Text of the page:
The exploration took place 84 years after one of such last efforts was made in the year 1938.
This year, ASI, the Archaeological Survey of India, discovered 46 new sculptures in the first phase of exploration in Madhya Pradesh’s Bandhavgarh Tiger Reserve. The list includes several Buddhist caves, stupas and Brahmi inscriptions, which are dated back to the 2nd century. They also found some Hindu Temples, dated back to the 9th to 11th centuries and a Varaha sculpture, which is probably the world’s largest one of such, which is also dated back to the same period.
The ASI, which is an Indian government agency that takes care of archaeological research, conservation and preservation of monuments in India, tweeted about this exploration on September 28. They wrote, “In Bandhavgarh Forest Reserve, remarkable archaeological remains unraveled by @ASIGoI. In an exploration 26 temples, 26 caves, 2 monasteries, 2 votive stupas, 24 inscriptions, 46 sculptures, other scattered remains & 19 water structure are recorded.”
Details of 46 new sculptures are:
- Varaha Sculpture, a monolithic sculpture of the 10th incarnation of Lord Vishnu.
- 26 Buddhist caves with ‘Chaitya’ (rounded doors) and stone beds. With these 26 new caves, the total number of caves found in Bandhavgarh becomes 76.
- 24 Brahmi inscriptions. The inscriptions mention the sites like Pavata, Mathura and Kaushambi, Sapatanaairikaa and Vejabharada.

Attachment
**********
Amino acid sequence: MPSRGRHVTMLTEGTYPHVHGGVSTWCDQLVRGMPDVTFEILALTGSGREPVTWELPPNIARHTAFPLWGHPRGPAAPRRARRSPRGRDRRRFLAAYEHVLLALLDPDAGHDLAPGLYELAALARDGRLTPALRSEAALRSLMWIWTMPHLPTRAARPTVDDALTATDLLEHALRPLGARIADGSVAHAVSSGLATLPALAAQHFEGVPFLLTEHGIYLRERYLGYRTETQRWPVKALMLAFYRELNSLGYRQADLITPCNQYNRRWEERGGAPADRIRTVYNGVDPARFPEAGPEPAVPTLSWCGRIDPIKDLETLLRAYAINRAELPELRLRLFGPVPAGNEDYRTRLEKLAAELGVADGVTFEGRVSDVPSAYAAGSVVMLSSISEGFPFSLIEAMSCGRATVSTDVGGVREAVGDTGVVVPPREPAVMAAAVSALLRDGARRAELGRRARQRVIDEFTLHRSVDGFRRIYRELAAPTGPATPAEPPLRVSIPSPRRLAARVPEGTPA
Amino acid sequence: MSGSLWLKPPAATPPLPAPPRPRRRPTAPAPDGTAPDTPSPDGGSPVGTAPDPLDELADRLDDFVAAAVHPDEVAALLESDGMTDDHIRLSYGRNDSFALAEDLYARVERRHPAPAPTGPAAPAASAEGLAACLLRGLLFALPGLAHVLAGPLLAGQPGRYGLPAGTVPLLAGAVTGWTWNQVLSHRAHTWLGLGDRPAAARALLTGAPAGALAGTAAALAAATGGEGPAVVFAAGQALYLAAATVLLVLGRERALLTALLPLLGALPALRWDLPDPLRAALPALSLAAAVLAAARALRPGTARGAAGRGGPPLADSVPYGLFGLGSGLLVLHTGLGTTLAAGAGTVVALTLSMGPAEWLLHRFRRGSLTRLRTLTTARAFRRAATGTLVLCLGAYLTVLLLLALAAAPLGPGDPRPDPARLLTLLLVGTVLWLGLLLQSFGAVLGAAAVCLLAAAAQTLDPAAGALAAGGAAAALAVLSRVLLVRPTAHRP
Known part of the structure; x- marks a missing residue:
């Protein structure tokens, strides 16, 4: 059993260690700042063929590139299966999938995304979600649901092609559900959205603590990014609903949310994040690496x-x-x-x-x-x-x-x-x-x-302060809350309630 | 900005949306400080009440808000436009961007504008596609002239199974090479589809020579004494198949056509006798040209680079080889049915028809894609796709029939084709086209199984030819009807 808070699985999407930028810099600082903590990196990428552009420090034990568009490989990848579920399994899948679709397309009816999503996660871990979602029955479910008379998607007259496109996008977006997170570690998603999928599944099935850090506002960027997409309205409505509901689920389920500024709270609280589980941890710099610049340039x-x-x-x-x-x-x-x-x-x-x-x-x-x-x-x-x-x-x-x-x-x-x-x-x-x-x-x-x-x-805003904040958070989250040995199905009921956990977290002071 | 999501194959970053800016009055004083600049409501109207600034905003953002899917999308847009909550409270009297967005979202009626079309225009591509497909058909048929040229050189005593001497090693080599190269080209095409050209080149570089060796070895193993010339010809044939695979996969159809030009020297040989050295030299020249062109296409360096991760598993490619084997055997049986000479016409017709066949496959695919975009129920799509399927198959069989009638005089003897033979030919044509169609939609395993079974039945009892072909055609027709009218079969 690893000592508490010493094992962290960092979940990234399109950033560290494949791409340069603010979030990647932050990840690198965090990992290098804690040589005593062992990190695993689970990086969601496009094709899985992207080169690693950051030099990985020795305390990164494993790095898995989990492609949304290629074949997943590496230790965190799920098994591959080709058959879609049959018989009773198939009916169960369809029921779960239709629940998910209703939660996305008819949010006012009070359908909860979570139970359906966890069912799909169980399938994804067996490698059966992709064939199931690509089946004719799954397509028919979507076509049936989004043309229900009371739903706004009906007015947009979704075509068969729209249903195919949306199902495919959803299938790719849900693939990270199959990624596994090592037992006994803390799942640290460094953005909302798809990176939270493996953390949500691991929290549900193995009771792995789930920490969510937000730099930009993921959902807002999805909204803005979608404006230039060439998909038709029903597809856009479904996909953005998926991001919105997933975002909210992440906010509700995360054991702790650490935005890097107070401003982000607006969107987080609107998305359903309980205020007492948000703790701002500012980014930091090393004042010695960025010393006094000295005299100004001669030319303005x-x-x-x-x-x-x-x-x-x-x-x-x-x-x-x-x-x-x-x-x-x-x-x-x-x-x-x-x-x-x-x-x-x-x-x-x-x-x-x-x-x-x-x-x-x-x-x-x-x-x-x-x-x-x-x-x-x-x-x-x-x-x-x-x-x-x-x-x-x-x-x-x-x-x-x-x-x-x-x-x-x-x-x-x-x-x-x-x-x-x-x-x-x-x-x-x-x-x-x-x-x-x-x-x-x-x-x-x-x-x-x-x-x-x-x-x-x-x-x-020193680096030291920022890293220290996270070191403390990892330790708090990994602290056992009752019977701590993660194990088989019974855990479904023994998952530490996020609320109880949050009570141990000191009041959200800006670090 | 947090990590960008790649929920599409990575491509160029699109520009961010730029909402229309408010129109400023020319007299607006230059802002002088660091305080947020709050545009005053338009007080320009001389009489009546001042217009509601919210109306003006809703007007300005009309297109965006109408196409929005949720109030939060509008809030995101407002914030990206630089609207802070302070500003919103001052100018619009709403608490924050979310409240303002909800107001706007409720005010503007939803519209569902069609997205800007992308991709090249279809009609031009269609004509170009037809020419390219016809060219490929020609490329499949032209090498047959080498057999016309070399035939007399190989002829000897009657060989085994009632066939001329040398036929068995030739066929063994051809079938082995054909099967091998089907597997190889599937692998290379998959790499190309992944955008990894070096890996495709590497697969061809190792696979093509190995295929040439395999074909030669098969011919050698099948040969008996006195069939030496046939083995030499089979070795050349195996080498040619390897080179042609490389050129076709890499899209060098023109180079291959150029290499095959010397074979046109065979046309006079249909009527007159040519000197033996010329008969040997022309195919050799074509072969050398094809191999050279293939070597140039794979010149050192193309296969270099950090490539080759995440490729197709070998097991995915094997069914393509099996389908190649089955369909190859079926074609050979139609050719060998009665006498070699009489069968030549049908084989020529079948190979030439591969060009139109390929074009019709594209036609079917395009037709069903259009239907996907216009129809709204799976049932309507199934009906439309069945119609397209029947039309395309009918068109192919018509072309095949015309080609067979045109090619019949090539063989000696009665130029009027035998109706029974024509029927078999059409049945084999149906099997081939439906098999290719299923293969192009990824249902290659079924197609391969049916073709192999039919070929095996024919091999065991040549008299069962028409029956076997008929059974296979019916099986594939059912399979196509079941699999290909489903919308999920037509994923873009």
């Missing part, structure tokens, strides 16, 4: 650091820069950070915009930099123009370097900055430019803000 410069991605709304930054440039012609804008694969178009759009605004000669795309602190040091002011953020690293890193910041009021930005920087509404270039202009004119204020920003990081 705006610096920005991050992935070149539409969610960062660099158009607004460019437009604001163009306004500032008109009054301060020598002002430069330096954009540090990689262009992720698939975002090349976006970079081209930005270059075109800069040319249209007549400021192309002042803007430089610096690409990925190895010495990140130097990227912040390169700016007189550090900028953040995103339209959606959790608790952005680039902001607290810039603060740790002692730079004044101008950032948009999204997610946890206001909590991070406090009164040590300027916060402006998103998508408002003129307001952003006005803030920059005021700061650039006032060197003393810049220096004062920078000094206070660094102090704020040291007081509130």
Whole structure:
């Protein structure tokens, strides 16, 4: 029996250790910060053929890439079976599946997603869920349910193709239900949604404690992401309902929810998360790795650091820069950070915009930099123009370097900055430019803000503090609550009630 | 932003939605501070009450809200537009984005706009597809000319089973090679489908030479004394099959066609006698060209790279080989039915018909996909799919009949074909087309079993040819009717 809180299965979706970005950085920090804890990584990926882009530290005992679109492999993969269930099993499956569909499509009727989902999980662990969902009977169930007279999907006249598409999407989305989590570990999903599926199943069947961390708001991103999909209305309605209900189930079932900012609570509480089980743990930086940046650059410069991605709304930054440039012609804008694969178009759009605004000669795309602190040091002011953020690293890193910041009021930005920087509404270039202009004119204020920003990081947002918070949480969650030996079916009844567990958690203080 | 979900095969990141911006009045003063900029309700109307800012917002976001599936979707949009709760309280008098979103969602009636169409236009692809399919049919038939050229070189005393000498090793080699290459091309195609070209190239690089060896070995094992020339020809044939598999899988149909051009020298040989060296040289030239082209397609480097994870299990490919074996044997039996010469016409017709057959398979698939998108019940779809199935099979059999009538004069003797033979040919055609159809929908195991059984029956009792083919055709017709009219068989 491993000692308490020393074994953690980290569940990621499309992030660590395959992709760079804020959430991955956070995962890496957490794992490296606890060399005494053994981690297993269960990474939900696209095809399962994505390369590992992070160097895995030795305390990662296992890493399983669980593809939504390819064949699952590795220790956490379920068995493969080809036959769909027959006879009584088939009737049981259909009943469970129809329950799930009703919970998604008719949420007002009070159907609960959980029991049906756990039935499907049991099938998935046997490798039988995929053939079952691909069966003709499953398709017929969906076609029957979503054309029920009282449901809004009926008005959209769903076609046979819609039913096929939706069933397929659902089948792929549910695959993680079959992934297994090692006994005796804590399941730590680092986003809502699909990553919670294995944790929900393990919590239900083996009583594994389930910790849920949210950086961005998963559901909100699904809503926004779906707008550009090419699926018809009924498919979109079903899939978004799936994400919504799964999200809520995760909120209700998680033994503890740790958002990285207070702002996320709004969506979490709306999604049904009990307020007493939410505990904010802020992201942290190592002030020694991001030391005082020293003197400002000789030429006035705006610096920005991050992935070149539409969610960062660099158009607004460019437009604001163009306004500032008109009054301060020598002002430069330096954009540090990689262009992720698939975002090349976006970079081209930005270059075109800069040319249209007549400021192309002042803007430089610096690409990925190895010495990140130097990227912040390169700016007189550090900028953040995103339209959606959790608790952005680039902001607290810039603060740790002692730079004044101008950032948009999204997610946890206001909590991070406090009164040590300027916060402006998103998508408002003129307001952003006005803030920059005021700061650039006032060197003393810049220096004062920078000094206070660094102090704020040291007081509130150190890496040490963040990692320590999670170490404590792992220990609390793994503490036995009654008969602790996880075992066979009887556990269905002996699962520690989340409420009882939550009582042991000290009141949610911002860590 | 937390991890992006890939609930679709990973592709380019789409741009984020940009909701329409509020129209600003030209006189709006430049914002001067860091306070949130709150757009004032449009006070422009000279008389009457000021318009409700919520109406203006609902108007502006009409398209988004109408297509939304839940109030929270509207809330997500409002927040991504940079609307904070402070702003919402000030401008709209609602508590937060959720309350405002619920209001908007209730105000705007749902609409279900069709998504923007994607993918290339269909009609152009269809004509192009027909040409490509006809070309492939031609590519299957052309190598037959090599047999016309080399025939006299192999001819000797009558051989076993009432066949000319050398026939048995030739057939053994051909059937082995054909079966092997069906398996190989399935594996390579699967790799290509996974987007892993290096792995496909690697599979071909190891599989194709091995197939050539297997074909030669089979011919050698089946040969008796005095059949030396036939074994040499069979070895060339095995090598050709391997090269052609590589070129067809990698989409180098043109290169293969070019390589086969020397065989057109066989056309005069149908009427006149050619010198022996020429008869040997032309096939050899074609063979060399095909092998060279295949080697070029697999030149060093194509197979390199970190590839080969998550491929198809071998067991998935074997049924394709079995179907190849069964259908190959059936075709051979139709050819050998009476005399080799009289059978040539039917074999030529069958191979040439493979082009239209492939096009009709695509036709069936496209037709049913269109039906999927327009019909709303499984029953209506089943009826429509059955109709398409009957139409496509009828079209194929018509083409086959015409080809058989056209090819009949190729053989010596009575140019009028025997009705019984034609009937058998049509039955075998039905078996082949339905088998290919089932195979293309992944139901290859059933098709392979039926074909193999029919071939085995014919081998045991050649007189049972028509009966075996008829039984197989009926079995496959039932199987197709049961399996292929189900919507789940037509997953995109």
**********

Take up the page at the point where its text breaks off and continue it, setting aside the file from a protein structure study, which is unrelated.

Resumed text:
- The inscriptions also mention the kings such as Bhimsena, Pothasiri and Bhattadeva.
- The ruins of 26 temples are dated back to the 9th to 11th centuries, to the Kalachuri period.
- Moreover, two Saiva mutts and some remains of the Gupta period like carvings in caves and door jambs are also found on the site.
Shivakant Bajpai, Superintending Archaeologist, Jabalpur Circle, Madhya Pradesh, who also led the searching, said on Wednesday that the exploration is being carried out in three phases. And, these 46 new sculptures are found in the first phase, which happened in the Taala Zone in May and June covering an area of 170 square kilometres. In the next two phases, the Khitouli and Magadhi Zones of Bandhavgarh Tiger Reserve will be explored.
The exploration has undeniably added a new chapter to the history of Baghelkhand, Madhya Pradesh, as well as the country. Addressing the press, ASI’s spokesperson, Vasant Swarnkar said “We certainly need to conserve this, but the first step has to be documentation, though we want to explore faster, the problem is with permissions as it is a reserved forest area.”